Topic: how things work

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What Happens When You Put a Hummingbird in a Wind Tunnel?

Most hummingbirds weight less than a nickel. Hummingbirds have the highest metabolism of any warm-blooded animal. They are the only birds that can fly sideways and backwards. They hover expertly, too. These are just s...

Chameleon Tongue Attack in Slow Motion – Earth Unplugged

Chameleons are fascinating creatures for so many reasons: Their eye sight provides them with 360 degree vision, they can change color based on their moods and social needs, and their tongues are fast and powerful for ...

Slime Cannon Attack – How Velvet Worm slime jets work

Giant velvet worms (Peripatus solorzanoi) are unusual creatures for many reasons -- including the fact that they are "not worms, not insects, millipedes, centipedes, or slugs" -- but their super-sliming glands, rapidl...

The One Year Mission in Space: Kelly & Kornienko arrive on ISS

On March 27, 2015, American astronaut Scott Kelly and Russian cosmonaut Mikhail Kornienko took off for the International Space Station in the Soyuz spacecraft for a historic One Year Mission, twice the length of an av...

Cal Academy: Trogloraptors & How Science Works

In 2010, some amateur cave explorers discovered a relatively large six-eyed, hook-legged, orangey-brown spider in a Southern Oregon cave. In 2012, the spider was named Trogloraptor marchingtoni or Trogloraptor (which ...

The science of solar eclipses: How do solar & lunar eclipses work?

How do solar & lunar eclipses work? And why don't we get eclipses every month? This Vox explainer is packed full of really interesting information about the remarkable science of solar eclipses. Find out how 5.1 d...

Fig. 1: How Much Sugar Are You Really Eating?

The average American eats 19.5 teaspoons (82 grams) of sugar every day... that's around 66 pounds of sugar every year for each person. How are we consuming that amount? From Fig. 1 by University of California, learn m...

ScienceTake: The Praying Mantis Leaps

In this ScienceTake from The New York Times, we watch a young praying mantis leap over and over and over again... a completely fascinating, rather cartoon-like action that can be super-useful for scientists and engin...

Veritasium: How (and Why) Do Chameleons Change Color?

There is a misconception about chameleons... that they change their color in order to blend in with their environment. That is actually not the case... So why do chameleons change color and how are they doing it? ...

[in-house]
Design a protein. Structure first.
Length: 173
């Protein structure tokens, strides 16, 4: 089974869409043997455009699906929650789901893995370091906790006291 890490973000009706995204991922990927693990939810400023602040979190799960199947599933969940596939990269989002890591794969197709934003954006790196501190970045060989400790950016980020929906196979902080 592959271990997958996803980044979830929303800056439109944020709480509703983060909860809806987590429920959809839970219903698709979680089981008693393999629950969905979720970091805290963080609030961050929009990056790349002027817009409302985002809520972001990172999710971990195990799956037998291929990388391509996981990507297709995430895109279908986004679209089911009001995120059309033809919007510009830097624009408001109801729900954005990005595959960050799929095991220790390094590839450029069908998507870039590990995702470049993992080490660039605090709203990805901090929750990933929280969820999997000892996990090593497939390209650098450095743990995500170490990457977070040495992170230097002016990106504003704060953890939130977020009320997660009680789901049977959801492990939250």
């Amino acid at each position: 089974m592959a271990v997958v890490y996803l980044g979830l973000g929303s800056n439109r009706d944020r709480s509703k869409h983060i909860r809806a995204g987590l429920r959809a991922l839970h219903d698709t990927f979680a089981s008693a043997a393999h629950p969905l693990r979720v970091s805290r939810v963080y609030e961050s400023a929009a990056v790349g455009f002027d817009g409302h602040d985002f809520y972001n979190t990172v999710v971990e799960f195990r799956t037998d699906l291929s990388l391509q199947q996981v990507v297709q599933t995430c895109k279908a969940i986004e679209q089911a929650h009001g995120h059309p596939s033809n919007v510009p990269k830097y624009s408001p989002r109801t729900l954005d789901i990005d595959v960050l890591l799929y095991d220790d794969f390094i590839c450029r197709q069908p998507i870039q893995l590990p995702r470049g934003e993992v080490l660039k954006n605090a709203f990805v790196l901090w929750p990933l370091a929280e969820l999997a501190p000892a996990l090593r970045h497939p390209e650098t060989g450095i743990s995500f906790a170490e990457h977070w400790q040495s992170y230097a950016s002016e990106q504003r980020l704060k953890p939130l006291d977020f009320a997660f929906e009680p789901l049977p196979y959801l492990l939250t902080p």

ExpeRimental: How to make fizzy bottle rockets

This ExpeRimental episode from The Royal Institution is full of super explosive fun. Danielle and Michael show a group of kids how to make fizzy bottle rockets with some small, sports-capped plastic bottles, some Alka...

The silent flight superpower of a stealthy predator: The Owl

It would be hard to escape a predator that has night vision, excellent hearing, and can swoop down upon prey in complete silence. In this clip from Owl Power, via Nature on PBS, an 11 year old barn owl named Kensa pro...

Crash Course Kids: Gotta Eat! and Feed Me: Classifying Organisms

Why do we eat and how does what we eat help classify what we are? In these first two episodes from Crash Course Kids, Sabrina explains why all living things eat. Also, try the simple energy source experiment in episod...

Classic Sesame Street: Broken Wrist

Breaking an arm, a leg, or some part of the body can be super scary. Not only does it hurt, but you may not know what's going to happen next. We love this classic Sesame Street video because it helps explain what to e...

Deep Look: Banana Slugs and Secret of the Slime

Slime can trigger an immediate ewwwww! reaction, but ooey gooey slime is actually a rather brilliant, problem solving substance. One of the animals that depends on its slime can be found among the gigantic redwood for...

NASA: Satellite Tracks Saharan Dust to Amazon in 3-D

Watch 182 million tons of dust ride the wind out of Africa's Sahara Desert in 3D, as tracked from 2007 through 2013 by lidar, thanks to CALIPSO, the Cloud-Aerosol Lidar and Infrared Pathfinder Satellite Observation sa...

ExpeRimental: Candle Chemistry

In this episode of ExpeRimental, Lisa and Josh explain the unseen as they make a flame jump through the air. Josh also measures how long it takes for covered candles to extinguish on their own. There's more activity i...

Physics Girl: The Stacked Ball Drop (and Supernovas)

How is a supernova like a basketball, a bouncy ball, and a golf ball all stacked together? It's all in what happens when you drop them. In this video, Physics Girl Dianna Cowern demonstrates the momentum transfer betw...

Why do carrots taste sweeter in the winter?

From the University of California’s Fig.1 series, Molecular Biologist Liz Roth-Johnson explains why cold weather makes carrots taste more sweet: Because plants are immobile, they must develop defense techniques aga...

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